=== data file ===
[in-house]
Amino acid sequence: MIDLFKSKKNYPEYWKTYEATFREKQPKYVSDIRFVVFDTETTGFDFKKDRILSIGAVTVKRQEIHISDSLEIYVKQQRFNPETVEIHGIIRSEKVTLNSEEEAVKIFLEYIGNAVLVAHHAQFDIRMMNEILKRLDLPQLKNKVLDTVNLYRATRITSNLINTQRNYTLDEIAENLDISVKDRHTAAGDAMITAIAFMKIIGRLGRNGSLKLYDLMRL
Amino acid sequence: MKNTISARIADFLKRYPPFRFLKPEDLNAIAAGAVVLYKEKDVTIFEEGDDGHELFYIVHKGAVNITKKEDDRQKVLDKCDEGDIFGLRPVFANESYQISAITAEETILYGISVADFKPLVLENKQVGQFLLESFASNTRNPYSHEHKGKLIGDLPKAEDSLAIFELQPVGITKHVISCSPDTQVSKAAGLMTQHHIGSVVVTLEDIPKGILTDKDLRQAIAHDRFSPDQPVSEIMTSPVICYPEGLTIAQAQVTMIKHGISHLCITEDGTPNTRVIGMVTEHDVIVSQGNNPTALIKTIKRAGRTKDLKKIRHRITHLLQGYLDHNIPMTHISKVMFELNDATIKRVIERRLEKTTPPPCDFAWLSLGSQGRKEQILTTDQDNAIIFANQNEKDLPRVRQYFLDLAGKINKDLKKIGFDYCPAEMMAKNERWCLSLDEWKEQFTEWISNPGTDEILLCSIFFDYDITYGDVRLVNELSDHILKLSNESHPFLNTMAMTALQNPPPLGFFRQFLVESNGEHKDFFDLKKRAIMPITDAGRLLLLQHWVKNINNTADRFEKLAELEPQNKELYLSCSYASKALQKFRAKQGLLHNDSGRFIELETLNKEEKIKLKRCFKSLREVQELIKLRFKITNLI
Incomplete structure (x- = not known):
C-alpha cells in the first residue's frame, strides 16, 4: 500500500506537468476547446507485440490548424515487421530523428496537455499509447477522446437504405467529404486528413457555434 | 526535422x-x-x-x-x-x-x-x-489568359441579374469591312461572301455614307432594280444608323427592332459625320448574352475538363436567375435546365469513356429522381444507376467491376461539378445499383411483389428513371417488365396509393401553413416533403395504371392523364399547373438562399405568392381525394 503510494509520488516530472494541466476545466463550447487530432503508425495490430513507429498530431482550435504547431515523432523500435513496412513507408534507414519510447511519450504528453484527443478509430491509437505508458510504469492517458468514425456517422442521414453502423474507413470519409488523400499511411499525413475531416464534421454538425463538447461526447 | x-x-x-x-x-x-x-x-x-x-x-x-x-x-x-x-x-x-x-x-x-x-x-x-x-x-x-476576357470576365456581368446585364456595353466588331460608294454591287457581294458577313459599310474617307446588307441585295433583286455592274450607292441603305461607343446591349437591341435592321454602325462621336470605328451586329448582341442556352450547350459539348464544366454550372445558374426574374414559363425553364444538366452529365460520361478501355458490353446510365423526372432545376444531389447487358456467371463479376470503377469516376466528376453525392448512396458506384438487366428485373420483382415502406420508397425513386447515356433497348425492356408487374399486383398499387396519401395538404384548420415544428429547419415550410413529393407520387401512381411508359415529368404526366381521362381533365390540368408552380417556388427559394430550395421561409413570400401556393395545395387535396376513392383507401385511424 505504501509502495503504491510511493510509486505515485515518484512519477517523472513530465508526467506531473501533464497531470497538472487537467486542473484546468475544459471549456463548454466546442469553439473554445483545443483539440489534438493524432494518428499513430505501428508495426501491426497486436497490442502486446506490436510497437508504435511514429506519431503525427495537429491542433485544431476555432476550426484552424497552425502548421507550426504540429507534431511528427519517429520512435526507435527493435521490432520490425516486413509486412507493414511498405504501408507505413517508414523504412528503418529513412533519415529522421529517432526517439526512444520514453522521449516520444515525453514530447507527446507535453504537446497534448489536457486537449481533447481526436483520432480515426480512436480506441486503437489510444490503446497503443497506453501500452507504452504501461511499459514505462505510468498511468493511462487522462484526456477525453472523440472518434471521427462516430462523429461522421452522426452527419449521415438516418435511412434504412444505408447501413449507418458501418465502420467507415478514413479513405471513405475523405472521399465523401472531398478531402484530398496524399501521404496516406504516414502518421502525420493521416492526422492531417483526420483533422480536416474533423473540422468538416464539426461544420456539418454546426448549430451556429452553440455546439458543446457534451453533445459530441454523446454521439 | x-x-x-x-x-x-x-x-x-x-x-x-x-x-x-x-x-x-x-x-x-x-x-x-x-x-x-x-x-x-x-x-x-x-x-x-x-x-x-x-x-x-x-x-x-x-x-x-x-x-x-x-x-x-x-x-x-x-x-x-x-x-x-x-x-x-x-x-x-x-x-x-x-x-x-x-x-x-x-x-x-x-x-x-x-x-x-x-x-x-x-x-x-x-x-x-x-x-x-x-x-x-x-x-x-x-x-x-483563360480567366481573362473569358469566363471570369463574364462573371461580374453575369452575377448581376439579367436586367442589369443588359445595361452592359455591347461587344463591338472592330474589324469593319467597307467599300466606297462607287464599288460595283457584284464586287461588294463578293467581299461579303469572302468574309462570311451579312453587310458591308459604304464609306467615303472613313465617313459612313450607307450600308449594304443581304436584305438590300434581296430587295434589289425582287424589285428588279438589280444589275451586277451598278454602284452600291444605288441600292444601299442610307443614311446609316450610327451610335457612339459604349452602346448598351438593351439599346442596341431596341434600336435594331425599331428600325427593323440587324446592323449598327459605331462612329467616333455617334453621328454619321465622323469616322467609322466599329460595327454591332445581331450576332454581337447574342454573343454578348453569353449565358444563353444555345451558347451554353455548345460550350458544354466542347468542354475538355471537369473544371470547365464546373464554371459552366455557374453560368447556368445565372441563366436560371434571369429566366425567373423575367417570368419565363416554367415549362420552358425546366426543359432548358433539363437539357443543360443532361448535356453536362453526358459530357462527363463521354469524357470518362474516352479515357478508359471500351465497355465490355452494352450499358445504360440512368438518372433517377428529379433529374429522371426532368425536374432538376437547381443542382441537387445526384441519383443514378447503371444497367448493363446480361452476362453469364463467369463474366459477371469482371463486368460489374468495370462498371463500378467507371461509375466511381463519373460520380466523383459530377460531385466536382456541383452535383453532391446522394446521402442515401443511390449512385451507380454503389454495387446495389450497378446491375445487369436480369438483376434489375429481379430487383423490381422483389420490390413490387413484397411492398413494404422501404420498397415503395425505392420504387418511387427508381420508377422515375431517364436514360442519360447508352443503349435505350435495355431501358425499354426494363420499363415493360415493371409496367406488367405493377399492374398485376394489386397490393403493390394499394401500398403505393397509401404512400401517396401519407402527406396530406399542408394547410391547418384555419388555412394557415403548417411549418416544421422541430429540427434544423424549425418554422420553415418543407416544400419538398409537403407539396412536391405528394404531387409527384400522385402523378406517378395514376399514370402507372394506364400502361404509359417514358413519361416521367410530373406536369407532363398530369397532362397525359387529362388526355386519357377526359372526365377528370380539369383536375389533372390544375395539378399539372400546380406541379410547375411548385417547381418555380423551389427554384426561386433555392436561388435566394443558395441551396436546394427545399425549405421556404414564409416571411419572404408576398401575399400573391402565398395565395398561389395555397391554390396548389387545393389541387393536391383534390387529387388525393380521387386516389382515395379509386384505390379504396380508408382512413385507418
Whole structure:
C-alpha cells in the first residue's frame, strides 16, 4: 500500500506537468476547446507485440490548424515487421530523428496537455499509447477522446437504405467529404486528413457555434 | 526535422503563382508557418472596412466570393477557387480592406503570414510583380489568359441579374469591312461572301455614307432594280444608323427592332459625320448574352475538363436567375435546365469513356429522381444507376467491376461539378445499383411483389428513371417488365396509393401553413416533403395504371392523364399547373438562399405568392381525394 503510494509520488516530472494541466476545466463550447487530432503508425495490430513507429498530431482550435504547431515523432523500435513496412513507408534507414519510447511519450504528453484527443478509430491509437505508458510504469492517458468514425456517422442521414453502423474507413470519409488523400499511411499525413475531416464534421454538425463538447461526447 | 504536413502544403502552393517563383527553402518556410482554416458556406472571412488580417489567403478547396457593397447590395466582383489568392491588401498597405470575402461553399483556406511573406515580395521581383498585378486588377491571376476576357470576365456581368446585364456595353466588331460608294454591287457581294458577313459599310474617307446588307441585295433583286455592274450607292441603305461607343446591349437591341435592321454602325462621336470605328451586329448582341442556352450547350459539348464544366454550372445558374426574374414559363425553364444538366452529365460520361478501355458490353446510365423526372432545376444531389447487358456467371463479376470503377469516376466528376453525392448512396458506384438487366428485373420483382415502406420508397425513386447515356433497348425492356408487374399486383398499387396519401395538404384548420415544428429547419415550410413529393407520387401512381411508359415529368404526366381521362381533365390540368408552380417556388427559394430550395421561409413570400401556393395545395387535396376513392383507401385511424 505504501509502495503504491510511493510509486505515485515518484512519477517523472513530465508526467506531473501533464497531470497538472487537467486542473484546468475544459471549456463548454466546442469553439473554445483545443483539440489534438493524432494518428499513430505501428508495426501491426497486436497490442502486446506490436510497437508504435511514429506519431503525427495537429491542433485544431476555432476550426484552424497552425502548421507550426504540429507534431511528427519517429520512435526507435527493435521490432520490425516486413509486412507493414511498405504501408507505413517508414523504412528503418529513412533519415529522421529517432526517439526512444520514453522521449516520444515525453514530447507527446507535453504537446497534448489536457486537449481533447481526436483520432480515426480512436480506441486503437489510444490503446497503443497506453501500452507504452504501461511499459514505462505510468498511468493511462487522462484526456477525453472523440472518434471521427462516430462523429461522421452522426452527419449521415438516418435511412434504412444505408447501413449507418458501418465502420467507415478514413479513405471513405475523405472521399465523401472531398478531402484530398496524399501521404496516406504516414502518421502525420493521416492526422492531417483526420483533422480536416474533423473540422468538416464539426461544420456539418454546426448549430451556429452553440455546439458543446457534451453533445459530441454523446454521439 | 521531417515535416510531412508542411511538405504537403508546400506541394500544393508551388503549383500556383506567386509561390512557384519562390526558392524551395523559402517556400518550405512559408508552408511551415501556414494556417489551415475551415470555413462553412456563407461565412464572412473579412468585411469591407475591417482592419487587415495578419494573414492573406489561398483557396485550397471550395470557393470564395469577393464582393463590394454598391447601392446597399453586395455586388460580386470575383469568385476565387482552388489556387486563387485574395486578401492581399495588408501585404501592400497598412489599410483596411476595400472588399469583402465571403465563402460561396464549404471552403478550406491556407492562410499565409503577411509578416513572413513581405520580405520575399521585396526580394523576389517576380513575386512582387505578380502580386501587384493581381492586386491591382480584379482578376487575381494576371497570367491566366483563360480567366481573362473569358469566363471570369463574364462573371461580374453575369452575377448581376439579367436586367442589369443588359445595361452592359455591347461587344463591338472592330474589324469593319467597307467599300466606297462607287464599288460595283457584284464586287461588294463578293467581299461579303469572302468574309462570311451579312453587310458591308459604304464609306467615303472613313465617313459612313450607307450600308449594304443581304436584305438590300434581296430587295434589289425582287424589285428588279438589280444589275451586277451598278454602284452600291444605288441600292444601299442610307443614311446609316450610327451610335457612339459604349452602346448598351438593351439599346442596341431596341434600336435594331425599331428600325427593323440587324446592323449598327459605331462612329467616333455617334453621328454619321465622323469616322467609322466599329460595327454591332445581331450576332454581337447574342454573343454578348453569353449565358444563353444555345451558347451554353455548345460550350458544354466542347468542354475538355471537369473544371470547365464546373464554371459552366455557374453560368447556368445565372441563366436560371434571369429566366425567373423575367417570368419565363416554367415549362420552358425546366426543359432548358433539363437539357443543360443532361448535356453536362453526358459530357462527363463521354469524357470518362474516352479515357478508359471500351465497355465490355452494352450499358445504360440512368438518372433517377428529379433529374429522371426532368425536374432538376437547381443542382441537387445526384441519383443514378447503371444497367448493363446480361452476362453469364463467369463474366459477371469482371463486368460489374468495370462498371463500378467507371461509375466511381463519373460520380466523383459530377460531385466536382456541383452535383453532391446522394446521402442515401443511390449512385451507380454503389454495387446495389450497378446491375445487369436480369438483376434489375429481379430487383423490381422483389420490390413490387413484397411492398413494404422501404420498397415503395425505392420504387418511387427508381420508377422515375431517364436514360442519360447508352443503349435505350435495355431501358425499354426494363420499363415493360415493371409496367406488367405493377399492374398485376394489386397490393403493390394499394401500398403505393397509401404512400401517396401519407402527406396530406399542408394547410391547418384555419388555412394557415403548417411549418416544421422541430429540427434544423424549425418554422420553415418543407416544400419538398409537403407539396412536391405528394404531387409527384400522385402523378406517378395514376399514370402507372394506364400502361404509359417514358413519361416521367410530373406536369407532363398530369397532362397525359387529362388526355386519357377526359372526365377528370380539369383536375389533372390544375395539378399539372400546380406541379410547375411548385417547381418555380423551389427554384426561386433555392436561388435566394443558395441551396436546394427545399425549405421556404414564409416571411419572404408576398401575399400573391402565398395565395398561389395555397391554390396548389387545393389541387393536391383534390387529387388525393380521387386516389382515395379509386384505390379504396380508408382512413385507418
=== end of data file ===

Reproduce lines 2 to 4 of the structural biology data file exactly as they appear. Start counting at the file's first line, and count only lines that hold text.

Amino acid sequence: MIDLFKSKKNYPEYWKTYEATFREKQPKYVSDIRFVVFDTETTGFDFKKDRILSIGAVTVKRQEIHISDSLEIYVKQQRFNPETVEIHGIIRSEKVTLNSEEEAVKIFLEYIGNAVLVAHHAQFDIRMMNEILKRLDLPQLKNKVLDTVNLYRATRITSNLINTQRNYTLDEIAENLDISVKDRHTAAGDAMITAIAFMKIIGRLGRNGSLKLYDLMRL
Amino acid sequence: MKNTISARIADFLKRYPPFRFLKPEDLNAIAAGAVVLYKEKDVTIFEEGDDGHELFYIVHKGAVNITKKEDDRQKVLDKCDEGDIFGLRPVFANESYQISAITAEETILYGISVADFKPLVLENKQVGQFLLESFASNTRNPYSHEHKGKLIGDLPKAEDSLAIFELQPVGITKHVISCSPDTQVSKAAGLMTQHHIGSVVVTLEDIPKGILTDKDLRQAIAHDRFSPDQPVSEIMTSPVICYPEGLTIAQAQVTMIKHGISHLCITEDGTPNTRVIGMVTEHDVIVSQGNNPTALIKTIKRAGRTKDLKKIRHRITHLLQGYLDHNIPMTHISKVMFELNDATIKRVIERRLEKTTPPPCDFAWLSLGSQGRKEQILTTDQDNAIIFANQNEKDLPRVRQYFLDLAGKINKDLKKIGFDYCPAEMMAKNERWCLSLDEWKEQFTEWISNPGTDEILLCSIFFDYDITYGDVRLVNELSDHILKLSNESHPFLNTMAMTALQNPPPLGFFRQFLVESNGEHKDFFDLKKRAIMPITDAGRLLLLQHWVKNINNTADRFEKLAELEPQNKELYLSCSYASKALQKFRAKQGLLHNDSGRFIELETLNKEEKIKLKRCFKSLREVQELIKLRFKITNLI
Incomplete structure (x- = not known):